With the Cape Cod Baseball League being canceled, and Little League Baseball canceling its regional tournaments and the Little League World Series, the likelihood of a New England Collegiate Baseball League season continues to seemingly dwindle.
Though true, the NECBL is still set to have a 2020 season for now, and one of the most pertinent aspects to the league is the willingness of families in the communities to host players throughout the summer.
It is no different in Keene, as the Swamp Bats have been a staple in the community since the team was founded in 1997.
“One of the things that has always made Keene special is the family hosts,” Swamp Bats President Kevin Watterson said. “They really set the tone for the quality of life for our players in this community. I think when a player leaves here, he probably remembers more of his 10 weeks with the family than he does his batting average, record or something like that. Host families are the glue to this franchise.”
With the uncertainties that the coronavirus outbreak brings, one big question surrounding the league is whether host families would be willing to participate this season.
One of the host families asked whether the players would be receiving testing for COVID-19, according to Watterson. At the time that was not under consideration, but now it has become a topic of discussion, according to Watterson.
There is no limit to the number of players a family can host, but the number is almost always one or two players per house, according to Watterson.
Players planning to play this summer are willing to come to Keene and to have a season. The collegiate season was shortened, so the desire to get back on the diamond is certainly a burning one, according to Watterson.
Also, with the MLB Draft being cut to five rounds, the potential of some players being drafted takes a hit as there will only be 150 players picked this year, an 87.5-percent reduction in players selected. The collegiate players are not only going up against each other in terms of the draft process as they are also up against high school and international players.
Ed Drew and his wife, Diane, have been a host family for almost a decade and this year are still preparing for a season.
“We’ll deal with the COVID issues and we’ll do the laundry, cleaning, hand-washing and all the basic things that come with it,” Ed Drew said. “And I’m sure if the players get a chance to come to town they’re going to go above and beyond to keep themselves and everybody else safe.”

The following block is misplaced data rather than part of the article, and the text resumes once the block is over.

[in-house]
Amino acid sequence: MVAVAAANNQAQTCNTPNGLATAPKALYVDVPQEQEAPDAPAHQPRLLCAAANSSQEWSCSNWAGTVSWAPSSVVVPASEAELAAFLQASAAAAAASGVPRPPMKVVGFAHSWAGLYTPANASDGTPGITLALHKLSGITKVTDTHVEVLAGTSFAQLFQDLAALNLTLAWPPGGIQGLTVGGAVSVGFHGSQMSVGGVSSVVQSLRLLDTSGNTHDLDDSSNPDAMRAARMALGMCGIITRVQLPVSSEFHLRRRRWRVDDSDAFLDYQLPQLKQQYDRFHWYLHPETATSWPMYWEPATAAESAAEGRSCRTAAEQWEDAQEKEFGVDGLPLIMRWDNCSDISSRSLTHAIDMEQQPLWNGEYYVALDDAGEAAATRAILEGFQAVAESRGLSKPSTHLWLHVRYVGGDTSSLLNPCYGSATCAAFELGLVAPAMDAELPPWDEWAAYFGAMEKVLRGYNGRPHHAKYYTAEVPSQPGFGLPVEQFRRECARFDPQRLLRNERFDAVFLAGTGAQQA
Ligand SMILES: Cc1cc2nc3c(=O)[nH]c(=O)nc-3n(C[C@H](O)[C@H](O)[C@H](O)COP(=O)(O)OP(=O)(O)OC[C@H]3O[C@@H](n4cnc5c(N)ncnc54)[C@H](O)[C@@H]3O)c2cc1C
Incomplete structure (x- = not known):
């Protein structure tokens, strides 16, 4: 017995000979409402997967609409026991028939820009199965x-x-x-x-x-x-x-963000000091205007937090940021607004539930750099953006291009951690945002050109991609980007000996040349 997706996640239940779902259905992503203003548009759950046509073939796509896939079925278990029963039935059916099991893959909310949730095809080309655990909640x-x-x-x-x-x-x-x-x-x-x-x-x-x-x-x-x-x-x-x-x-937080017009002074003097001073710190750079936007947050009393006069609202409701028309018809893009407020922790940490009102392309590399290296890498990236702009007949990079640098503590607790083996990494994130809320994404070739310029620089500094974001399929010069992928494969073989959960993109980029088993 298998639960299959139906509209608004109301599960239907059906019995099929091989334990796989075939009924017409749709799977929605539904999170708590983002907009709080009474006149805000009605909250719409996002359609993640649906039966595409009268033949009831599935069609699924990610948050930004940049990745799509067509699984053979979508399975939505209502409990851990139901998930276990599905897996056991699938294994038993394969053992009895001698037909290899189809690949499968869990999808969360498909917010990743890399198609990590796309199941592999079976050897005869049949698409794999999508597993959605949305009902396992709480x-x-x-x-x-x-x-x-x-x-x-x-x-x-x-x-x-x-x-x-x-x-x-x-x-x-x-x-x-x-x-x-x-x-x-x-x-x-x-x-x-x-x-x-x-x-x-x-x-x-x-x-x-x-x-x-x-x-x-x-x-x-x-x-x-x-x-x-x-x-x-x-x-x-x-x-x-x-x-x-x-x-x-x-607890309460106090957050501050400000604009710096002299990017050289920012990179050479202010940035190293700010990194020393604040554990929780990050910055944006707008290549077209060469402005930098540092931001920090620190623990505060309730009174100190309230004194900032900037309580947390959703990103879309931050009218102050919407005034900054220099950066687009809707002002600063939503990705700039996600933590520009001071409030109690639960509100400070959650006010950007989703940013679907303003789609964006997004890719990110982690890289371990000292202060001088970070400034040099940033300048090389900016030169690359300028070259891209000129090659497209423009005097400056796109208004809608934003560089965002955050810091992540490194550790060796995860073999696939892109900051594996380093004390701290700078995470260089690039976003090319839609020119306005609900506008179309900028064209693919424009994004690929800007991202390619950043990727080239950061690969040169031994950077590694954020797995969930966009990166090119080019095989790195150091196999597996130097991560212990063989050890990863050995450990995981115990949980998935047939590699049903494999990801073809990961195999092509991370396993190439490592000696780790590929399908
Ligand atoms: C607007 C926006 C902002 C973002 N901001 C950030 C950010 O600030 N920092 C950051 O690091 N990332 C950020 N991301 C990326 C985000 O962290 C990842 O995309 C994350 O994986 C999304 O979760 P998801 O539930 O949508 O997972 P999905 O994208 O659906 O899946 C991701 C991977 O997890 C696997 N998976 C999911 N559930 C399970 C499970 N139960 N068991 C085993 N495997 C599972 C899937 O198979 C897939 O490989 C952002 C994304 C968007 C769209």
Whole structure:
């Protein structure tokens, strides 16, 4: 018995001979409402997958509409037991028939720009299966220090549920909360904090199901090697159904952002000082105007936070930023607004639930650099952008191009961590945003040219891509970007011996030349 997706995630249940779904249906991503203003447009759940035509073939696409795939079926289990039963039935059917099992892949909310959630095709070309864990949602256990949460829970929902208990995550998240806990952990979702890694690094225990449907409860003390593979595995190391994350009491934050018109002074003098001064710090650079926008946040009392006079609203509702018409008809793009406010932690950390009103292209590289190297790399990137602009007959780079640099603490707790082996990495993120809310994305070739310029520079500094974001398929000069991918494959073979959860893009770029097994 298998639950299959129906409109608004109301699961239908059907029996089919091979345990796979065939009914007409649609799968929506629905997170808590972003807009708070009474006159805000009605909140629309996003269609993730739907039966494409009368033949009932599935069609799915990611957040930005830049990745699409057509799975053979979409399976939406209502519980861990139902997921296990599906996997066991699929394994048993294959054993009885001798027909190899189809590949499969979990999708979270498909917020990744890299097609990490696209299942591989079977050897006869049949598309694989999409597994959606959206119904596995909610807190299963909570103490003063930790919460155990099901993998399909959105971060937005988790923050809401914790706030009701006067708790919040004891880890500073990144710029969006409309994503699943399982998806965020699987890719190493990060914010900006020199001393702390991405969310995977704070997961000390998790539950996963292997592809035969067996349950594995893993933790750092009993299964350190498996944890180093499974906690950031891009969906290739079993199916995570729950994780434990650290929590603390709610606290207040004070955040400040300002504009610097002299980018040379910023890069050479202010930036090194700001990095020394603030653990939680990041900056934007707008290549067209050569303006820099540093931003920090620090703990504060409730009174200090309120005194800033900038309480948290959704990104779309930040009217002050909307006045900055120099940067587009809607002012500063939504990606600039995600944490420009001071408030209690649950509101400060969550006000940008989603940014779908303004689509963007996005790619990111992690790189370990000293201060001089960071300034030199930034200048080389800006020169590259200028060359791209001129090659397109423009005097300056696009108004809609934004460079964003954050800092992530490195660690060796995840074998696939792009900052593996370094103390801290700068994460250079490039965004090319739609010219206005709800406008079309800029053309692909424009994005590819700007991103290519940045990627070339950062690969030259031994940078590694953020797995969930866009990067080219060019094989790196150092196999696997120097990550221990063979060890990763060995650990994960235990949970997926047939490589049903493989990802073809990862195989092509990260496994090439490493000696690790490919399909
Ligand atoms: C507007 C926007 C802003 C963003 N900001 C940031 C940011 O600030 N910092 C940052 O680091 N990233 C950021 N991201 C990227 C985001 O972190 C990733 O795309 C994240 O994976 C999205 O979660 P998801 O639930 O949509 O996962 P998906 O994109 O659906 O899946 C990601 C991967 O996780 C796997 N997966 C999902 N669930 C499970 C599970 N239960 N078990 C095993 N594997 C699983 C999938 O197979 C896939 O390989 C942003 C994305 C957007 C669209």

The Drews are not the only ones gearing up to host this season.
“We have a lot of families that have raised their hands and said ‘count us in,’ ” Watterson said. “I will say that this time of year, the beginning of May is the time when we push hardest to fulfill our family hosts. We’ve kind of held off on that for maybe a week or so to try and get a sense of where the season is going.”
Where the season is going is the lingering question and there could be a yes or no answer as soon as Friday night. Yet there still may not be enough host families, despite the help being offered so far.
“Do we have a lot of family hosts? Yes, we do. Do we have enough yet? No, we don’t,” Watterson said. “It’s absolutely logical that a family would say, ‘Is this the right year to take a player?’ But for the most part, the answer has been yes.”
Beyond just being a host family, the Drews, like others in the community, have welcomed the Swamp Bats to being part of a customary summer, something that may change this year.
“Keene is pretty used to having the Swamp Bats,” Ed Drew said. “It’s a great, inexpensive night on the town to go watch some great baseball, to go see your neighbors and other people from Keene. It is a great networking opportunity for kids, for the programs that the Swamp Bats bring to town, it is good for business. It really brings the city together. So that would be missed.”